Celebrity hairstylist Nick Chavez is taking his hair care collection to the masses in a new retail partnership with Ulta, in addition to giving his line a makeover with new packaging.
Chavez first launched his collection under the Nick Chavez Perfect Plus brand name 13 years ago to fill a void in the market for products designed for all hair types.
"I made sure everything worked across the board on all hair types from thin to thick hair," said Chavez.
Starting next month, Chavez's repackaged line will be available in 225 Ulta stores and on Ulta's Web site. Among the 15 items to be included on shelves will be Chavez's trademark nourishing shampoos, volumizing conditioners and thickening styling products. To support the launch, Chavez will be making personal appearances in stores in Chicago and Arizona to help educate consumers on the line.
Although executives wouldn't comment, industry sources estimate the Nick Chavez Beverly Hills hair care franchise will generate more than $35 million by the end of year. Chavez said he hopes the new partnership with Ulta will increase business by 30 percent.
After launching on QVC 13 years ago, Chavez began selling his hair care line in his Beverly Hills salon, which he opened 10 years ago. The brand now has an international presence on QVC in Germany and on Canadian shopping network The Shopping Channel. He has plans to launch on QVC in Japan this October.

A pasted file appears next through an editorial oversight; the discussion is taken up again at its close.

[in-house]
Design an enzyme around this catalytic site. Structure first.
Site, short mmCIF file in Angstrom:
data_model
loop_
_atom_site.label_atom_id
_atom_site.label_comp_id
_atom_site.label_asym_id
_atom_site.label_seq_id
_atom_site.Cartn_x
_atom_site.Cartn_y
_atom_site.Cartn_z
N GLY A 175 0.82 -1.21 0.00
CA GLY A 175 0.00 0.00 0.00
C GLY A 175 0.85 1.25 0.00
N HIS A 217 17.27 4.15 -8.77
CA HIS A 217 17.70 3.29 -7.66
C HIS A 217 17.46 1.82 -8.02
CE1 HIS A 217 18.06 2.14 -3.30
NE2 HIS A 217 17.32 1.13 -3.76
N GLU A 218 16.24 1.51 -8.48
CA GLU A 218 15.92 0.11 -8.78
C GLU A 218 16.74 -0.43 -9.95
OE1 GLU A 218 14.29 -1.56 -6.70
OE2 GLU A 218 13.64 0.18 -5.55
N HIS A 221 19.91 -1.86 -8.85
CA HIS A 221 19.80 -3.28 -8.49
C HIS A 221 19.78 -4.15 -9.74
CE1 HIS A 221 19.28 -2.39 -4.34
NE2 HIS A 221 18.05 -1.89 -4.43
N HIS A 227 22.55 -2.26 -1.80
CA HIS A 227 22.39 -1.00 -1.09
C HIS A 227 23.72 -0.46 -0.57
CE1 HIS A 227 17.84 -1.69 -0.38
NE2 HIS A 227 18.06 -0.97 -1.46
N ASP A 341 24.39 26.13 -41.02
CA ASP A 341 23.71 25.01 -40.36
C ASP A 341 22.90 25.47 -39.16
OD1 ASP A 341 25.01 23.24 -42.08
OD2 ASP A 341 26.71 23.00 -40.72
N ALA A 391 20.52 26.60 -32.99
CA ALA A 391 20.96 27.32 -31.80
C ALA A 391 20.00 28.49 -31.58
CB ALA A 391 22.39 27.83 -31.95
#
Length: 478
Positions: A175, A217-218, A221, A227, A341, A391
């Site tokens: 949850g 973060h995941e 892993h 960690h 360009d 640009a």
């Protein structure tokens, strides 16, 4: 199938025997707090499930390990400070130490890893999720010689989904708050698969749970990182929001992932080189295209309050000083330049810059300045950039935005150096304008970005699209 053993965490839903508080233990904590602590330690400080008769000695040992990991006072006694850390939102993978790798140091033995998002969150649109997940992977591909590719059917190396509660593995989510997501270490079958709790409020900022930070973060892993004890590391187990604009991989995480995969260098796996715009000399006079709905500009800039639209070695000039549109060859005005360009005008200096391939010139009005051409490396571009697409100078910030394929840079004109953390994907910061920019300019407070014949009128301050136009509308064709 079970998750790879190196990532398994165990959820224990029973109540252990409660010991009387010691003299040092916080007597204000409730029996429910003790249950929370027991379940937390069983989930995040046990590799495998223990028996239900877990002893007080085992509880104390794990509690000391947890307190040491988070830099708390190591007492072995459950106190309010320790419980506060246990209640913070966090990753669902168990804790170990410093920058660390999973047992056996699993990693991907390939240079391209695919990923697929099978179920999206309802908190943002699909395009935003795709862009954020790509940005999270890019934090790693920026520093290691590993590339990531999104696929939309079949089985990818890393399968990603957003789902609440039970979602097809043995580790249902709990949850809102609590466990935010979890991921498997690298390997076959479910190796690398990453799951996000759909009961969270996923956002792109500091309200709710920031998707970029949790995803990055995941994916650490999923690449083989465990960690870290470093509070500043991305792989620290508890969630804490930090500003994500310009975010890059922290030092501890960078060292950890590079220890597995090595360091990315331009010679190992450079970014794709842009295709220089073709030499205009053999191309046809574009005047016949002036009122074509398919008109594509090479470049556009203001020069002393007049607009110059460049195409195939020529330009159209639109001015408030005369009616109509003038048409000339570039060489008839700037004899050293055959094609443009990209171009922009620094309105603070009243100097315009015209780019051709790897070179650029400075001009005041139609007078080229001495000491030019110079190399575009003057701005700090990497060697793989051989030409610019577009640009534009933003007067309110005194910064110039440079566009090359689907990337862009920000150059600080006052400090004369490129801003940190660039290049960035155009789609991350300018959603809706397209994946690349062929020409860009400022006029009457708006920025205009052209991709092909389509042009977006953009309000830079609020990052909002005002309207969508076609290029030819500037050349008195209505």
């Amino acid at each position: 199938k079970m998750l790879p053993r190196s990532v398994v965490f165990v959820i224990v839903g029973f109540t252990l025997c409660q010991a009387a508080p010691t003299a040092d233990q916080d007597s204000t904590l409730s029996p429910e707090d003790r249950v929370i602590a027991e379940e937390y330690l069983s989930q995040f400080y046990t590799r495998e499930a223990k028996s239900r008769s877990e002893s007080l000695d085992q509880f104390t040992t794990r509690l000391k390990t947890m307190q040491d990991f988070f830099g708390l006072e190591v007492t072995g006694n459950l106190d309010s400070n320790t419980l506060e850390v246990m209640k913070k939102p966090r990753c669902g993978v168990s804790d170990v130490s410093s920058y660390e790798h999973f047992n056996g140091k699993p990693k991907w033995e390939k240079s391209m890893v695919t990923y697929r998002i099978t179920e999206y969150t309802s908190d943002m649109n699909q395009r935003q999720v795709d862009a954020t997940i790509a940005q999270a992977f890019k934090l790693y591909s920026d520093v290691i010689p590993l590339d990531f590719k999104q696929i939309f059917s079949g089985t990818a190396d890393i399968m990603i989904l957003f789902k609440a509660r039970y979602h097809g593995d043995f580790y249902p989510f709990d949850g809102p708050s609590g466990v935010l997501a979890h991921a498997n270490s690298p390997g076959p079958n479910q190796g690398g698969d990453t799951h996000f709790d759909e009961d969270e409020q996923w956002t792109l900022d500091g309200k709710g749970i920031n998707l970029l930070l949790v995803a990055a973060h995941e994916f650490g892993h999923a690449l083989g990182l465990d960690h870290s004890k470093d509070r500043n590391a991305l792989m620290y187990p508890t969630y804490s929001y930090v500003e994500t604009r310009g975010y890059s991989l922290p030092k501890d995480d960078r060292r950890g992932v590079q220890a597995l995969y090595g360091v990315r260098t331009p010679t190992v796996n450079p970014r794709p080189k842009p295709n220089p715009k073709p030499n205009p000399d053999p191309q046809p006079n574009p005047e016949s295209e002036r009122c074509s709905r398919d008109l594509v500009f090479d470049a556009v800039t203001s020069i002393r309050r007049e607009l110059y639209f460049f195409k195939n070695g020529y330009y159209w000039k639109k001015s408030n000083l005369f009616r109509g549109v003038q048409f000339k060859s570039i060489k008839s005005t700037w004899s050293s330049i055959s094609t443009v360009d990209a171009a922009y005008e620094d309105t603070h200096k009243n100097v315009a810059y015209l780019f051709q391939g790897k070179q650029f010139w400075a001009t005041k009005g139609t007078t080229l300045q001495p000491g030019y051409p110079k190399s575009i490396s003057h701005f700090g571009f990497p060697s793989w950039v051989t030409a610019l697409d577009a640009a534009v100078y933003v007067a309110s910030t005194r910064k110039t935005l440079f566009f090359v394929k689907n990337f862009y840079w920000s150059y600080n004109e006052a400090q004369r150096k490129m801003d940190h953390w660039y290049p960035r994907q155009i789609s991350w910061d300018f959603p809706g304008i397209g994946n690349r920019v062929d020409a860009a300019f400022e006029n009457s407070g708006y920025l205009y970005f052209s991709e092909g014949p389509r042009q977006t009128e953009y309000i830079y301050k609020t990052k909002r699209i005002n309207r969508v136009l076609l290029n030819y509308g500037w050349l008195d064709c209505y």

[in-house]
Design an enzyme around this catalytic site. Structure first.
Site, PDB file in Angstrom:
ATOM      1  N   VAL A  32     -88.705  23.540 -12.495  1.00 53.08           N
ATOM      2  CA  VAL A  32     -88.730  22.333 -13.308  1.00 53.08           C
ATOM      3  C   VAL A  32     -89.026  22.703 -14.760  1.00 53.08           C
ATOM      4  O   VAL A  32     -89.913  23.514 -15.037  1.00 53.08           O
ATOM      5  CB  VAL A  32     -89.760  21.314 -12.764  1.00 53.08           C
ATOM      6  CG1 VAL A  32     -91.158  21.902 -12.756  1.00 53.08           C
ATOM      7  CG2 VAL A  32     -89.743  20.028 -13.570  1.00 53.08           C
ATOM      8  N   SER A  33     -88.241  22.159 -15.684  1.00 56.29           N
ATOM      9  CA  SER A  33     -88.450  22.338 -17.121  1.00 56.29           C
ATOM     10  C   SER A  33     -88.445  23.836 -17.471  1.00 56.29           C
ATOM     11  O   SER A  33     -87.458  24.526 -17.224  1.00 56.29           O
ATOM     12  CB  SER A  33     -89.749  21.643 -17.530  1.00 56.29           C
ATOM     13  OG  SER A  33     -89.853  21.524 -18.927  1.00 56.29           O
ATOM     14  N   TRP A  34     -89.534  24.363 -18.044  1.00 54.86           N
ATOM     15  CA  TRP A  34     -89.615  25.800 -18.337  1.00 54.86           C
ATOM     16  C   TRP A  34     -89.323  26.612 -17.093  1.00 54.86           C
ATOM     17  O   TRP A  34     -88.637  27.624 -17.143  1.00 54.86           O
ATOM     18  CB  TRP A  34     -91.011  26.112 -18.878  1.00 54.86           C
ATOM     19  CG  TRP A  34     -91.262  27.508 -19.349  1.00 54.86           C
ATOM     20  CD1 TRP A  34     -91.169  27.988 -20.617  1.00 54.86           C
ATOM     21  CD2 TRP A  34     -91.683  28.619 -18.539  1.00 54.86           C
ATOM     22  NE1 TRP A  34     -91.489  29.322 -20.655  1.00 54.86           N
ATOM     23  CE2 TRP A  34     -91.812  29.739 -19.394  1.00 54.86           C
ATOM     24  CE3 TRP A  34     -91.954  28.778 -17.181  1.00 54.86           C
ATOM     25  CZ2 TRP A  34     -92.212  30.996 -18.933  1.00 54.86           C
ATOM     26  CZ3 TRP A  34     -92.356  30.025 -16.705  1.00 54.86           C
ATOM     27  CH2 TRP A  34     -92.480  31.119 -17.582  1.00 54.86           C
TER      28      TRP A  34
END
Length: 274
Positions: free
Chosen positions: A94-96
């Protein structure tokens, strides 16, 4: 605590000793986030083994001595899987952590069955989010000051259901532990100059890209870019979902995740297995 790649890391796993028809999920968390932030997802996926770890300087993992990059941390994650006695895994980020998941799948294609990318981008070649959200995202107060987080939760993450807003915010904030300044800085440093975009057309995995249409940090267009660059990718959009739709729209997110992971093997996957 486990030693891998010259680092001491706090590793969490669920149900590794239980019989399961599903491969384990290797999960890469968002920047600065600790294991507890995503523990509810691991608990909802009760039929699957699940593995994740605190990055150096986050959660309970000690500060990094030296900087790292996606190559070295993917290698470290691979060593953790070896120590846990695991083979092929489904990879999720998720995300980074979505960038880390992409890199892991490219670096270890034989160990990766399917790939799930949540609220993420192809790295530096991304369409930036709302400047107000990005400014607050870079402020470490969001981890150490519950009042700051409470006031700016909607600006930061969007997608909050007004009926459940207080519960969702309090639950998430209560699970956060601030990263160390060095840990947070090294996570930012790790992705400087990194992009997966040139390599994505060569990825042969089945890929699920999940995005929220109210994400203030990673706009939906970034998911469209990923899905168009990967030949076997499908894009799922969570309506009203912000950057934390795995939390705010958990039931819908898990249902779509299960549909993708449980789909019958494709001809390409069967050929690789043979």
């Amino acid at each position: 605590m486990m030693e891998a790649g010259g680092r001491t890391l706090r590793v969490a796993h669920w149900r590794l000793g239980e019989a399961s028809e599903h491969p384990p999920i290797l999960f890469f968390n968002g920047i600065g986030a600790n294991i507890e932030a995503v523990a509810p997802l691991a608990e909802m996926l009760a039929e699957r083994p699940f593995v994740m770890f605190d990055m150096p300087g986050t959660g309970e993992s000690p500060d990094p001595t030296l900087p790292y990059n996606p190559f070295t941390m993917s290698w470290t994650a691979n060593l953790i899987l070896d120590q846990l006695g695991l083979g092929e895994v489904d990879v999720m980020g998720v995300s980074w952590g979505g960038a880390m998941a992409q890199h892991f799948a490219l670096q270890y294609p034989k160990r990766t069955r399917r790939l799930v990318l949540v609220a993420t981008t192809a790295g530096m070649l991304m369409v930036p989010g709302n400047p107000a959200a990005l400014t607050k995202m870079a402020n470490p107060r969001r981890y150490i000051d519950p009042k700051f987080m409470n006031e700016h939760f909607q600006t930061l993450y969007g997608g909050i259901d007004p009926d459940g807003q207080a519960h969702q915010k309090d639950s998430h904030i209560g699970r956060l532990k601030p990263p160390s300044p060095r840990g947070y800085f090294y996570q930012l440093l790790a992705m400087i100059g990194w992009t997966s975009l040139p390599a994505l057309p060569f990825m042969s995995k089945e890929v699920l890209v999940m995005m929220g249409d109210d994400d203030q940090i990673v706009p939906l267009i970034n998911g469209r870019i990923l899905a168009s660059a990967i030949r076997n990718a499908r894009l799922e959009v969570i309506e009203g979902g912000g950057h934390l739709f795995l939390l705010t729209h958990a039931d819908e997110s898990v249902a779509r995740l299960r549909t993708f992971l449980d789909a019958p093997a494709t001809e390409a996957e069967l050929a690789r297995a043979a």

"With over 13 years on QVC, Nick has become a seasoned pro and has placed himself among the top hair care brands available on QVC," said Allen Burke, QVC's director of beauty merchandising. "His passion for his profession and the products are evident with each appearance."
The line contains more than 100 styling, maintenance and enhancement products that are categorized in four different collections — Volumizing, Thickening, Nourishing and Amazon. Items range in price from $16 for the Nourishing Shampoo to $23 for the Volumizing Extra Hold Hairspray.
By making the line available in Ulta stores, Chavez hopes to make his products more accessible to the masses. According to Chavez, the company has additional plans to build the brand in traditional retail channels both in the U.S. and internationally."We wanted to make our products more accessible to everybody," said Chavez. "This will take us to next level and will help us build awareness to the quality brand I created, which blends ancient traditions with modern-day technology."
According to Chavez, the company also feels the new partnership with Ulta will help the brand attract new consumers.
"We're hoping this attracts a new type of consumer who maybe were less familiar with my products since they didn't shop on QVC," said Chavez.
Educated on Native American pharmacology by his Yaqui Indian grandmother, the Mexican hairstylist incorporated ancient traditional remedies into his formulas with herbs, flowers and other plant ingredients.
"Since I'm both Latino and Native American, I'd look to ingredients from ancient traditions in both cultures and mix it together with modern technology," said Chavez.
Chavez's styling talents can be traced back to his days working on his father's ranch grooming horses. Chavez was confident that if he could work with horses' manes, he could work with people's hair as well.
"I didn't have electric clippers, so I learned how to cut tails and inside noses and ears with my mother's scissors and made it look like it had just been done with an electric clipper," said Chavez. "I figured if I could do horses, I could definitely do people."
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